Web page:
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Indepth Arts News:

"Spectacle: Installations by Peter Bowyer and David Kramer"
2001-03-31 until 2001-05-13
Cambridge Galleries
Cambridge, ON, CA Canada

Spectacle is guest-curated by John Massier for the Cambridge Galleries and brings together the work of Toronto artist Peter Bowyer and New York artist David Kramer in an exhibition of two new sculptural works in the gallery. In addition, each artist has installed a large sculptural work on the Queens Square grounds for the Cambridge Galleries 2001 Public Art Program.

For the Public Art Program, Peter Bowyers work Anything, 1999, will be installed in the library reading room. Anything, originally exhibited in the 1999 exhibition Re: Location, is constructed of galvanized steel and vacuum formed acrylic panels and stands 17 feet high. Outwardly modelled on commercial highway signage, Anything is stripped of its commercial content, colour and metaphorical illumination.

David Kramers piece Making the Scene, 1999, originally exhibited at the Toronto Sculpture Garden, will be installed outside the library facing Grand Avenue. Similar to Peter Bowyers work Anything, Making the Scene makes reference to commercial signage in its material construction. Where Bowyers work is mute and minimal, Kramers Making the Scene is visually loud and dissonant. Four large letters, each in a different type face, each surfaced with a different reflective material or light source, spell the word HERE. The two works join together in using the medium of commercial signage to reacquaint us with the visual environment of publicity in which we live and to remind us of how it shapes our lives.

In the gallery, Peter Bowyers piece Moods, 2001 consists of a bank of galvanized steel stadium seating and a matching television console. Though the bleachers allude to an arena experience, they focus a line of sight toward the facing monitor, upon which the most muted of possible spectacles plays itself out: a simply drawn animated film that mixes considerable blankness with a reappearing six minute pen and ink action sequence. The animation is a hybrid - part minimalist television graphic, part sub-molecular Pac-man.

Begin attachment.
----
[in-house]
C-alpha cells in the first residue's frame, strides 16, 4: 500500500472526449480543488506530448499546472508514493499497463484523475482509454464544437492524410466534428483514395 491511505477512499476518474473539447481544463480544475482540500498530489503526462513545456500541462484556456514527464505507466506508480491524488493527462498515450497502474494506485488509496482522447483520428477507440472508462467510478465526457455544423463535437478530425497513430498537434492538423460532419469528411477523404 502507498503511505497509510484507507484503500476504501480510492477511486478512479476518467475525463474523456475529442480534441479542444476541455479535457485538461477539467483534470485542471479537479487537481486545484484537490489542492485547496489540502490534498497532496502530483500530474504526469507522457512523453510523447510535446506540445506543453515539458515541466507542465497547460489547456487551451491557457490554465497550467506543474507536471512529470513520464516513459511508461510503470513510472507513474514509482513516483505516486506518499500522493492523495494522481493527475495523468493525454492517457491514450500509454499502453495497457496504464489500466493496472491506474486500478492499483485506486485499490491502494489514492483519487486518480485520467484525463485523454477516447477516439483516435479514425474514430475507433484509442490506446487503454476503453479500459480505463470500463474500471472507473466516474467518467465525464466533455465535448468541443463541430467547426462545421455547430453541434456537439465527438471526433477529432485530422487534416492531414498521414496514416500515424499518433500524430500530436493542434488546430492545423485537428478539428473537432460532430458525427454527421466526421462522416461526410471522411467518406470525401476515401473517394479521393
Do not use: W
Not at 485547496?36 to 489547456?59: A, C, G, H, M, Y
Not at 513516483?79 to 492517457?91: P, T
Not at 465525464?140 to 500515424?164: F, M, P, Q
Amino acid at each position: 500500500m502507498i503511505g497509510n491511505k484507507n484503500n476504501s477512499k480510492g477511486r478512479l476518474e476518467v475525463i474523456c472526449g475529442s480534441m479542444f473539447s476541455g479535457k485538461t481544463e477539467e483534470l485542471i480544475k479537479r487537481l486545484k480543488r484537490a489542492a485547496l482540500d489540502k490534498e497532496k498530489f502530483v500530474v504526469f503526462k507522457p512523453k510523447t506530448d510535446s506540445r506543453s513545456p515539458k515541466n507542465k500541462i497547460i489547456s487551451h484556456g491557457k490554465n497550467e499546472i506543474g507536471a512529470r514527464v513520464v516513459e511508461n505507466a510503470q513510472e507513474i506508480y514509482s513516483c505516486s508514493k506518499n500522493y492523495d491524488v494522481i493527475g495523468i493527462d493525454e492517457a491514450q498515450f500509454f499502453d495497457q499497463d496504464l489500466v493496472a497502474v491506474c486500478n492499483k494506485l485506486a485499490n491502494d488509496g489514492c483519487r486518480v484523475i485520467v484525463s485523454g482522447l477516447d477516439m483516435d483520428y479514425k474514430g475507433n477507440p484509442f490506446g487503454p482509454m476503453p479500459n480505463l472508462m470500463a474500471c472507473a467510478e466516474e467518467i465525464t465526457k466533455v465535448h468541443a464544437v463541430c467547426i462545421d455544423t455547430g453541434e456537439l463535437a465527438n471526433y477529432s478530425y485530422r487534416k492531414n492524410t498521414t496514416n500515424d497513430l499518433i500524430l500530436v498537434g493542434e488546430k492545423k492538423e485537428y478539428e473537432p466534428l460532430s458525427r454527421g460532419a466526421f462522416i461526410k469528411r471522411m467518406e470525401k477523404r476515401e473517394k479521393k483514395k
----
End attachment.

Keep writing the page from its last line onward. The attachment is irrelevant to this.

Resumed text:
David Kramers Cloud 9 is a sofa shaped like the number 9. It has large fluffy white cushions, pierced by two rainbow coloured cylindrical platforms. The large round form at the centre is a light source and a back rest for the visitors who sit on the piece. The top is covered with a Plexiglas table covered with liquor bottles, beer bottles and the remains of junk food in plastic wrappers. The other cylinder at the bottom of the 9 has a white television on it which plays a loop of edited workout videos taken from television.

It is no accident that Spectacle is situated on the hinge between millennia. The notion of spectacle could be seen in increasing measure to describe the garrulous quality of the twentieth century, which has hardly abated with our shift into a new century. However, Bowyer and Kramer do not play into the typical associations with their proposed works. Where Bowyer sets up a partial arena for a spectacle, he ultimately offers none, tossing expectation and anticipation back toward the viewer; where Kramer appears to offer the fulfilment of personal desires, it is ultimately more a fulfilment of pathos than satisfaction.

Together, the works in Spectacle address the question of our involvement as observers and participants, predicated by degrees of desire. On the hinge between millennia, the works in Spectacle create an ever-present moment, a muting and questioning of the spectacle we inhabit.

IMAGE:
Making the Scene, 1999,
mixed media,
210 x 327 x 262 cm.
Toronto Sculpture Garden, 1999.


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